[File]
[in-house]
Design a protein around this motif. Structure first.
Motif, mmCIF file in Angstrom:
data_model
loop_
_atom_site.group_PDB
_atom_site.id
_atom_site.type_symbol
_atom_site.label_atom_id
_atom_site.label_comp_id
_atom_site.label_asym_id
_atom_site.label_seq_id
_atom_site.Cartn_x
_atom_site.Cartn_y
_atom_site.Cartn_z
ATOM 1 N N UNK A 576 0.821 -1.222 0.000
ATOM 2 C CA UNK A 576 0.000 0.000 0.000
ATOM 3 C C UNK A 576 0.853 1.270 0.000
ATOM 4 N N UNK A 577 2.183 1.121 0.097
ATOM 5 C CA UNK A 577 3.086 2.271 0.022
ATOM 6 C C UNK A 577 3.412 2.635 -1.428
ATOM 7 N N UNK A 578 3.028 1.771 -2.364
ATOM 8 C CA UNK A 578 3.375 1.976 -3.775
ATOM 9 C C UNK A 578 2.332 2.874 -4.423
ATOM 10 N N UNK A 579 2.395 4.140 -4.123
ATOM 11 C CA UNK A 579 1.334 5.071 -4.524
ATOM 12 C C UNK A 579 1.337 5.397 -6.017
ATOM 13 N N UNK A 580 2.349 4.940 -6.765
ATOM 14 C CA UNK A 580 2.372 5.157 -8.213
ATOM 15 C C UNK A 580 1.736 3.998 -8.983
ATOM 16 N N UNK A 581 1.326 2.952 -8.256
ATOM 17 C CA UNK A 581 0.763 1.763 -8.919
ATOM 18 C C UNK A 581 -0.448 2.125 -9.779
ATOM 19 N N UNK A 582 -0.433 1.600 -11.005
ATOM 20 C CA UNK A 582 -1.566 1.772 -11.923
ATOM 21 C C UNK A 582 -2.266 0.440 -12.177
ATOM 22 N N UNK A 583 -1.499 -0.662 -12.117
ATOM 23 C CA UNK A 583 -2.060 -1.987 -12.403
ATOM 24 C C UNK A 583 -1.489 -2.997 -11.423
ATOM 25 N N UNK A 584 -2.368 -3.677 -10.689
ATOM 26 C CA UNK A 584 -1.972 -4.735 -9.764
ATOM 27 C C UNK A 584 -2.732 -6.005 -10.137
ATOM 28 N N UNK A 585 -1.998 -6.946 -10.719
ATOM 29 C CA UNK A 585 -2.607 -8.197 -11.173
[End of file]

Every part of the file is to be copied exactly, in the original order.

[in-house]
Design a protein around this motif. Structure first.
Motif, mmCIF file in Angstrom:
data_model
loop_
_atom_site.group_PDB
_atom_site.id
_atom_site.type_symbol
_atom_site.label_atom_id
_atom_site.label_comp_id
_atom_site.label_asym_id
_atom_site.label_seq_id
_atom_site.Cartn_x
_atom_site.Cartn_y
_atom_site.Cartn_z
ATOM 1 N N UNK A 576 0.821 -1.222 0.000
ATOM 2 C CA UNK A 576 0.000 0.000 0.000
ATOM 3 C C UNK A 576 0.853 1.270 0.000
ATOM 4 N N UNK A 577 2.183 1.121 0.097
ATOM 5 C CA UNK A 577 3.086 2.271 0.022
ATOM 6 C C UNK A 577 3.412 2.635 -1.428
ATOM 7 N N UNK A 578 3.028 1.771 -2.364
ATOM 8 C CA UNK A 578 3.375 1.976 -3.775
ATOM 9 C C UNK A 578 2.332 2.874 -4.423
ATOM 10 N N UNK A 579 2.395 4.140 -4.123
ATOM 11 C CA UNK A 579 1.334 5.071 -4.524
ATOM 12 C C UNK A 579 1.337 5.397 -6.017
ATOM 13 N N UNK A 580 2.349 4.940 -6.765
ATOM 14 C CA UNK A 580 2.372 5.157 -8.213
ATOM 15 C C UNK A 580 1.736 3.998 -8.983
ATOM 16 N N UNK A 581 1.326 2.952 -8.256
ATOM 17 C CA UNK A 581 0.763 1.763 -8.919
ATOM 18 C C UNK A 581 -0.448 2.125 -9.779
ATOM 19 N N UNK A 582 -0.433 1.600 -11.005
ATOM 20 C CA UNK A 582 -1.566 1.772 -11.923
ATOM 21 C C UNK A 582 -2.266 0.440 -12.177
ATOM 22 N N UNK A 583 -1.499 -0.662 -12.117
ATOM 23 C CA UNK A 583 -2.060 -1.987 -12.403
ATOM 24 C C UNK A 583 -1.489 -2.997 -11.423
ATOM 25 N N UNK A 584 -2.368 -3.677 -10.689
ATOM 26 C CA UNK A 584 -1.972 -4.735 -9.764
ATOM 27 C C UNK A 584 -2.732 -6.005 -10.137
ATOM 28 N N UNK A 585 -1.998 -6.946 -10.719
ATOM 29 C CA UNK A 585 -2.607 -8.197 -11.173